“The largest placement gains were in the Cornbelt where cheaper feed was the main attraction,” noted Andrew Gottschalk of Hedgers Edge. “The large April placements reduced the buildup in feeders and calves outside feed yards by approximately two-thirds. Our estimate of this Y/Y increase of feeders and calves outside feed yards on April 1 was 335,000 head. April placements increased by more than 200,000 head Y/Y.”

The distribution of weight classes among the placed cattle was the biggest news of this report. Gottschalk opined that the trend towards placing heavier cattle will likely defer the timing of the seasonal placement low, which usually happens in July. The placement of heavier cattle will also mean they did well outside of feedlots, will be in feedlots for a shorter time, and we could see heavier carcasses in the near future.

All weight classes of cattle saw year-to-year increases for April placements, but the cattle under 600 pounds, and those between 600-699 pounds, were placed at rates below the overall increase in placements. The lightest category saw 375,000 head placed, up 5.6 percent from April 2012. The 600-699 group had 270,000 head placed, up 8 percent.

The two heaviest classes—700-799 pounds and over 800 pounds—were both placed about the overall 15 percent placement increase. The 700 to 799-pound group was placed at rates of 455,000 head (up 19.7 percent) and 650,000 head (up 21.3 percent).

“The average weight of cattle placed in April was 728.9 pounds, 23.7 pounds or 3.4 percent higher than one year ago,” noted Meyer and Steiner. “These are very big cattle as that average weight is the fifth highest monthly figures since 2003. April’s average weight was over 20 pounds higher than the average for April for 2007-2011… High feed prices have created plenty of incentives to put weight on cattle OUTSIDE of feedlots.”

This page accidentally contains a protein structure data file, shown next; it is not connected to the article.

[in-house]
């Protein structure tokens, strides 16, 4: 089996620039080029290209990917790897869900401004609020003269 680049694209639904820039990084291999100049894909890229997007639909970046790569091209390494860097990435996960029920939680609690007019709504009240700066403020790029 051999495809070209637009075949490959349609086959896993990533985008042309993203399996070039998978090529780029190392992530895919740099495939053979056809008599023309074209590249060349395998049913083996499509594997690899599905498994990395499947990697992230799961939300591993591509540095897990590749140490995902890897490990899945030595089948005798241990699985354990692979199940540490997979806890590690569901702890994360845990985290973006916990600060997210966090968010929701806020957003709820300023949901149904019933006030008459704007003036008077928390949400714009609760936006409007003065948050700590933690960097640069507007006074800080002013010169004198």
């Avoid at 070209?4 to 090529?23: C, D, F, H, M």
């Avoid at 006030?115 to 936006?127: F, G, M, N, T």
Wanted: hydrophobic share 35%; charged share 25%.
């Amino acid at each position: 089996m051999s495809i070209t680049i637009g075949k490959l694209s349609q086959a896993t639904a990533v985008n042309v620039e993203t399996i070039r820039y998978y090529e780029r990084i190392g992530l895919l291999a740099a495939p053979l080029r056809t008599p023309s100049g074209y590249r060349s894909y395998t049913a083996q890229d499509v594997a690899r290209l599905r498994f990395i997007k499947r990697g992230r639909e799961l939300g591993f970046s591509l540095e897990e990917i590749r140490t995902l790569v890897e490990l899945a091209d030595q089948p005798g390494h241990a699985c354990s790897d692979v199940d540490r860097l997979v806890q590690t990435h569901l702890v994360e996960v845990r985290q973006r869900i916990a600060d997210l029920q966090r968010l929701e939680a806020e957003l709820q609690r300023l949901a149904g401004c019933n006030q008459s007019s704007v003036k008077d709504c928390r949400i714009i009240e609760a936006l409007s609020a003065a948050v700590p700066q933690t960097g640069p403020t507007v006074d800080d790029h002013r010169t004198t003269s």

The North America Risk Management Service noted that the May placements for 2012 were unusually high, suggesting the possibility this May’s placements (reported in the next COF report, coming out June 21) will show year-to-year declines. Gottschalk, however, noted that May placements year-to-date as of the Monday following the report’s release were 7-10 percent lower.

Marketings during April amounted to 1.86 million head, 2.2 percent above the same time last year. This was 0.7 percent lower than what analysts predicted prior to the report’s release and this difference is said to contribute to the bearishness of the report’s receipt.

The top cattle-feeding states were mixed in terms of marketings in April. Kansas was down 4 percent compared to April 2012, with 365,000 head marketed. Colorado was steady with its prior year marketing numbers at 150,000 head. Texas and Nebraska’s marketings were up 1 percent and 12 percent, respectively, with both marketing 470,000 head.

The North America Risk Management Service pointed out that marketings projected from current placements point to a relatively flat future as compared to the usual seasonal dropoff. The group called marketings “not great” but decent compared to earlier placements against April. April marketings were also brisk enough to keep feedlot inventories current. — Kerry Halladay, WLJ Editor